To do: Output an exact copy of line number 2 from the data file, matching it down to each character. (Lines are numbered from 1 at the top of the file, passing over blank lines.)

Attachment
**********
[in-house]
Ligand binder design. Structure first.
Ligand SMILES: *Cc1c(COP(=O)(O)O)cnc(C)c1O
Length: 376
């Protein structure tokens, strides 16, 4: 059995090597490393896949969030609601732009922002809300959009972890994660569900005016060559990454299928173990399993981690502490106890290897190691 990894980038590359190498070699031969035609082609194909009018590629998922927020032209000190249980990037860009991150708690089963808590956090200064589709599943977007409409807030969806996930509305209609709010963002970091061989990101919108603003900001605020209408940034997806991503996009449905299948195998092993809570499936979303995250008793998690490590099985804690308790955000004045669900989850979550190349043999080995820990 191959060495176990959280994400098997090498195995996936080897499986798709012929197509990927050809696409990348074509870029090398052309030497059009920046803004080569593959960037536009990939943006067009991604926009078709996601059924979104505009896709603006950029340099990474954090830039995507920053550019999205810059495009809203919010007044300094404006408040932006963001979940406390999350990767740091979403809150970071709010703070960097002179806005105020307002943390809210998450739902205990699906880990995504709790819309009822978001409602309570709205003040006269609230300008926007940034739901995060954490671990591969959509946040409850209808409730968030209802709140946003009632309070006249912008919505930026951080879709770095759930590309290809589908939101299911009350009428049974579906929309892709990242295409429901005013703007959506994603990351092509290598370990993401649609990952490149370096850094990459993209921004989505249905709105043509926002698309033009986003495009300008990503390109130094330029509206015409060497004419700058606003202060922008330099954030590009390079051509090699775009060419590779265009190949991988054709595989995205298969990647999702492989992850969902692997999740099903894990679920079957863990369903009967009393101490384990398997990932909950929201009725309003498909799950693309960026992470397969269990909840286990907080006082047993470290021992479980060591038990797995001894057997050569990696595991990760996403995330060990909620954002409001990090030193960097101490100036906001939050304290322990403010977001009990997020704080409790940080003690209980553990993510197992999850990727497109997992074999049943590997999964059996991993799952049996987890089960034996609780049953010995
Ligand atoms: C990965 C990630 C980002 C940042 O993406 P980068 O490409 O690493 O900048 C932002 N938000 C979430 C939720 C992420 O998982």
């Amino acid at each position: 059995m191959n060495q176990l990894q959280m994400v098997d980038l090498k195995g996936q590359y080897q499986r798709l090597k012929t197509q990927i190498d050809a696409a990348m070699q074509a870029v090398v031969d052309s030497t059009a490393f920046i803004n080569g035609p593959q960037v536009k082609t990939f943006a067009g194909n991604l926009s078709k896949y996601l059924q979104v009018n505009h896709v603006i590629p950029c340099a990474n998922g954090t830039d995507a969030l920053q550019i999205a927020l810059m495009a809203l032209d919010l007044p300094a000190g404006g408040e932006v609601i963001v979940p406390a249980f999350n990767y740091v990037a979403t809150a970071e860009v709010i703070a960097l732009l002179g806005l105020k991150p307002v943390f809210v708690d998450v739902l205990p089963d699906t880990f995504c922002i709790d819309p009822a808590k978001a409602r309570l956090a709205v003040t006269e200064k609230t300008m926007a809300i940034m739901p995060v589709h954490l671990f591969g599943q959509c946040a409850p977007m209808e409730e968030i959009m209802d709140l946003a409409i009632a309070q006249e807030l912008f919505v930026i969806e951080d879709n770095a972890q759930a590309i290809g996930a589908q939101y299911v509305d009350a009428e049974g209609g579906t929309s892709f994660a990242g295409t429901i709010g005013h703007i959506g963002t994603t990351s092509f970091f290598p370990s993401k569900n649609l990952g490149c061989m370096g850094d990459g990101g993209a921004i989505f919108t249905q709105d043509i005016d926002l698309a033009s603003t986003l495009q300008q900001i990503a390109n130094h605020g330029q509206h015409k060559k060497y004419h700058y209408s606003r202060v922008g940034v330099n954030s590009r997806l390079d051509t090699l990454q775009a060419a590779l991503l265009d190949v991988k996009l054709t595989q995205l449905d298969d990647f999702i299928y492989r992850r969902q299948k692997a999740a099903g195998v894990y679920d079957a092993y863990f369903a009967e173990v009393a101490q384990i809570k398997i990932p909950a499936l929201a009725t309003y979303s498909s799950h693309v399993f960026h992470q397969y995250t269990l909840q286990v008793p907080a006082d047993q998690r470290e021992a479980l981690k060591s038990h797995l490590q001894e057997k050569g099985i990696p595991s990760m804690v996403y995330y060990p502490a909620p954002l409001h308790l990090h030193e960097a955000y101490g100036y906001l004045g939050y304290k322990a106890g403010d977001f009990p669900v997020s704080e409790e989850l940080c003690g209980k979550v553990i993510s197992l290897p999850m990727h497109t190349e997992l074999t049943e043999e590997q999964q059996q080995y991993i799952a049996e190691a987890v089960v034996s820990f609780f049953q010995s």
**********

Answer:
Ligand binder design. Structure first.